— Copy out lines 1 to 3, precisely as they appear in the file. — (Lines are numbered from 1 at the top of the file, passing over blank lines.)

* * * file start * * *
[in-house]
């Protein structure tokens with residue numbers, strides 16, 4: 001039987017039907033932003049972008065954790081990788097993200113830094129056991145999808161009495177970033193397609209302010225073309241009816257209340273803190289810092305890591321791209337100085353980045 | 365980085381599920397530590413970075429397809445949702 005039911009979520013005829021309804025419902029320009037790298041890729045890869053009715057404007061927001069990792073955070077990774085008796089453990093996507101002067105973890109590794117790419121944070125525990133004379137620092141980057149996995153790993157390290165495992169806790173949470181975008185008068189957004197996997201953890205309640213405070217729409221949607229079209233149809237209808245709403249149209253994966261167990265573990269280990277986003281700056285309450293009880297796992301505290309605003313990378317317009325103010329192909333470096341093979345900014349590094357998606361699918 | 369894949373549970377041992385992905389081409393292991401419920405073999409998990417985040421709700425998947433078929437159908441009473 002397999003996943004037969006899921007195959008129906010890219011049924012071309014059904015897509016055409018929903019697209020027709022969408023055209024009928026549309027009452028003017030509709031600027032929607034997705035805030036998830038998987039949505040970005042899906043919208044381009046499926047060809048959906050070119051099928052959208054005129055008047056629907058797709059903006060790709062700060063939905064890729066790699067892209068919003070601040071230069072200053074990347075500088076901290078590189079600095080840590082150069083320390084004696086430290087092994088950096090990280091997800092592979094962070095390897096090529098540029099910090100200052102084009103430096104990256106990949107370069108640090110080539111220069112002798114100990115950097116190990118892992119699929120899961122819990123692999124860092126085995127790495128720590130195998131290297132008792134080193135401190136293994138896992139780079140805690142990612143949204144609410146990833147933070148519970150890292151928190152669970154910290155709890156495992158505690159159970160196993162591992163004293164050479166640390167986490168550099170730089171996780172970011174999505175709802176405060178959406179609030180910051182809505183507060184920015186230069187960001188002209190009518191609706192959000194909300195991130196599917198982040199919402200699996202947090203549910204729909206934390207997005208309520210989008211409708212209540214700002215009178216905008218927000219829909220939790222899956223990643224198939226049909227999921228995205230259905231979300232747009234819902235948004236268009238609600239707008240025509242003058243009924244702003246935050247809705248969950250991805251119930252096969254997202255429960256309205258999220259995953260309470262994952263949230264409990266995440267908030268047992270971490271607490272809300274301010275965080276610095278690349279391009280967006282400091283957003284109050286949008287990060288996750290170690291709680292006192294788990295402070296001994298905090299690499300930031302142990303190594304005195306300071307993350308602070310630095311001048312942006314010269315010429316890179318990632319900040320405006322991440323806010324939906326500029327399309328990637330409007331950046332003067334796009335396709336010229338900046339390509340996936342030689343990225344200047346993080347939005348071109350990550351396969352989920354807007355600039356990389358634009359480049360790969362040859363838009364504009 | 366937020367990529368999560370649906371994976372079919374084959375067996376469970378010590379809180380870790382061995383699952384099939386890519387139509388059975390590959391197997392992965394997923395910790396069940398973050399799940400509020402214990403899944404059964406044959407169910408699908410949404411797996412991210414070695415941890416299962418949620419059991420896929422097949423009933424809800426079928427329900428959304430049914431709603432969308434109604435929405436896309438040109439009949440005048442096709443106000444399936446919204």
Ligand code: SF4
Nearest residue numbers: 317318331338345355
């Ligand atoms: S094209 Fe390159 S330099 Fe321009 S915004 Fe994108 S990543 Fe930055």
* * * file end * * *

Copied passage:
[in-house]
């Protein structure tokens with residue numbers, strides 16, 4: 001039987017039907033932003049972008065954790081990788097993200113830094129056991145999808161009495177970033193397609209302010225073309241009816257209340273803190289810092305890591321791209337100085353980045 | 365980085381599920397530590413970075429397809445949702 005039911009979520013005829021309804025419902029320009037790298041890729045890869053009715057404007061927001069990792073955070077990774085008796089453990093996507101002067105973890109590794117790419121944070125525990133004379137620092141980057149996995153790993157390290165495992169806790173949470181975008185008068189957004197996997201953890205309640213405070217729409221949607229079209233149809237209808245709403249149209253994966261167990265573990269280990277986003281700056285309450293009880297796992301505290309605003313990378317317009325103010329192909333470096341093979345900014349590094357998606361699918 | 369894949373549970377041992385992905389081409393292991401419920405073999409998990417985040421709700425998947433078929437159908441009473 002397999003996943004037969006899921007195959008129906010890219011049924012071309014059904015897509016055409018929903019697209020027709022969408023055209024009928026549309027009452028003017030509709031600027032929607034997705035805030036998830038998987039949505040970005042899906043919208044381009046499926047060809048959906050070119051099928052959208054005129055008047056629907058797709059903006060790709062700060063939905064890729066790699067892209068919003070601040071230069072200053074990347075500088076901290078590189079600095080840590082150069083320390084004696086430290087092994088950096090990280091997800092592979094962070095390897096090529098540029099910090100200052102084009103430096104990256106990949107370069108640090110080539111220069112002798114100990115950097116190990118892992119699929120899961122819990123692999124860092126085995127790495128720590130195998131290297132008792134080193135401190136293994138896992139780079140805690142990612143949204144609410146990833147933070148519970150890292151928190152669970154910290155709890156495992158505690159159970160196993162591992163004293164050479166640390167986490168550099170730089171996780172970011174999505175709802176405060178959406179609030180910051182809505183507060184920015186230069187960001188002209190009518191609706192959000194909300195991130196599917198982040199919402200699996202947090203549910204729909206934390207997005208309520210989008211409708212209540214700002215009178216905008218927000219829909220939790222899956223990643224198939226049909227999921228995205230259905231979300232747009234819902235948004236268009238609600239707008240025509242003058243009924244702003246935050247809705248969950250991805251119930252096969254997202255429960256309205258999220259995953260309470262994952263949230264409990266995440267908030268047992270971490271607490272809300274301010275965080276610095278690349279391009280967006282400091283957003284109050286949008287990060288996750290170690291709680292006192294788990295402070296001994298905090299690499300930031302142990303190594304005195306300071307993350308602070310630095311001048312942006314010269315010429316890179318990632319900040320405006322991440323806010324939906326500029327399309328990637330409007331950046332003067334796009335396709336010229338900046339390509340996936342030689343990225344200047346993080347939005348071109350990550351396969352989920354807007355600039356990389358634009359480049360790969362040859363838009364504009 | 366937020367990529368999560370649906371994976372079919374084959375067996376469970378010590379809180380870790382061995383699952384099939386890519387139509388059975390590959391197997392992965394997923395910790396069940398973050399799940400509020402214990403899944404059964406044959407169910408699908410949404411797996412991210414070695415941890416299962418949620419059991420896929422097949423009933424809800426079928427329900428959304430049914431709603432969308434109604435929405436896309438040109439009949440005048442096709443106000444399936446919204």
Ligand code: SF4